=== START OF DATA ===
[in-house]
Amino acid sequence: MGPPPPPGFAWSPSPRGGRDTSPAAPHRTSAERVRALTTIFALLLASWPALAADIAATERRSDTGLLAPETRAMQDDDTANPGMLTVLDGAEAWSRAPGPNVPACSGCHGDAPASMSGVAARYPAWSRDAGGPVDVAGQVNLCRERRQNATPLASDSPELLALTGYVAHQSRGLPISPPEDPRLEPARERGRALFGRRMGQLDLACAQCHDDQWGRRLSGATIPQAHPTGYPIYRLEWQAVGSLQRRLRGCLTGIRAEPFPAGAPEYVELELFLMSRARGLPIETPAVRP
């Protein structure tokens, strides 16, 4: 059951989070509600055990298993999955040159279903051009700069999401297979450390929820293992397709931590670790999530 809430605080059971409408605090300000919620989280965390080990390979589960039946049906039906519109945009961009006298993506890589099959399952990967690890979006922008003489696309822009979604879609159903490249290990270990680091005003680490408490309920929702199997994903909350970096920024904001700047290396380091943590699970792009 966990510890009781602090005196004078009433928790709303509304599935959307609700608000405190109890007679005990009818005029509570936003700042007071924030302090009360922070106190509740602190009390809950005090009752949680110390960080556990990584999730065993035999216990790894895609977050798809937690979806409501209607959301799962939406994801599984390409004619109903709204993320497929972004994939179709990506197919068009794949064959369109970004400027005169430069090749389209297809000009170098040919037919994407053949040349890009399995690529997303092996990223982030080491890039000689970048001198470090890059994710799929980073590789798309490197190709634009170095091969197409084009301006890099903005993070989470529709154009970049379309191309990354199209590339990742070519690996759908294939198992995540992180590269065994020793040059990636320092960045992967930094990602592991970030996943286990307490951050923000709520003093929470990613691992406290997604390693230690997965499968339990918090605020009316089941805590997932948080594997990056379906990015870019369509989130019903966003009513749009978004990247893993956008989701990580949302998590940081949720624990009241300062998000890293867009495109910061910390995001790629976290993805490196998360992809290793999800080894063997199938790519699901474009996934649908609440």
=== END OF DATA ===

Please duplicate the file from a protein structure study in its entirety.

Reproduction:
[in-house]
Amino acid sequence: MGPPPPPGFAWSPSPRGGRDTSPAAPHRTSAERVRALTTIFALLLASWPALAADIAATERRSDTGLLAPETRAMQDDDTANPGMLTVLDGAEAWSRAPGPNVPACSGCHGDAPASMSGVAARYPAWSRDAGGPVDVAGQVNLCRERRQNATPLASDSPELLALTGYVAHQSRGLPISPPEDPRLEPARERGRALFGRRMGQLDLACAQCHDDQWGRRLSGATIPQAHPTGYPIYRLEWQAVGSLQRRLRGCLTGIRAEPFPAGAPEYVELELFLMSRARGLPIETPAVRP
């Protein structure tokens, strides 16, 4: 059951989070509600055990298993999955040159279903051009700069999401297979450390929820293992397709931590670790999530 809430605080059971409408605090300000919620989280965390080990390979589960039946049906039906519109945009961009006298993506890589099959399952990967690890979006922008003489696309822009979604879609159903490249290990270990680091005003680490408490309920929702199997994903909350970096920024904001700047290396380091943590699970792009 966990510890009781602090005196004078009433928790709303509304599935959307609700608000405190109890007679005990009818005029509570936003700042007071924030302090009360922070106190509740602190009390809950005090009752949680110390960080556990990584999730065993035999216990790894895609977050798809937690979806409501209607959301799962939406994801599984390409004619109903709204993320497929972004994939179709990506197919068009794949064959369109970004400027005169430069090749389209297809000009170098040919037919994407053949040349890009399995690529997303092996990223982030080491890039000689970048001198470090890059994710799929980073590789798309490197190709634009170095091969197409084009301006890099903005993070989470529709154009970049379309191309990354199209590339990742070519690996759908294939198992995540992180590269065994020793040059990636320092960045992967930094990602592991970030996943286990307490951050923000709520003093929470990613691992406290997604390693230690997965499968339990918090605020009316089941805590997932948080594997990056379906990015870019369509989130019903966003009513749009978004990247893993956008989701990580949302998590940081949720624990009241300062998000890293867009495109910061910390995001790629976290993805490196998360992809290793999800080894063997199938790519699901474009996934649908609440």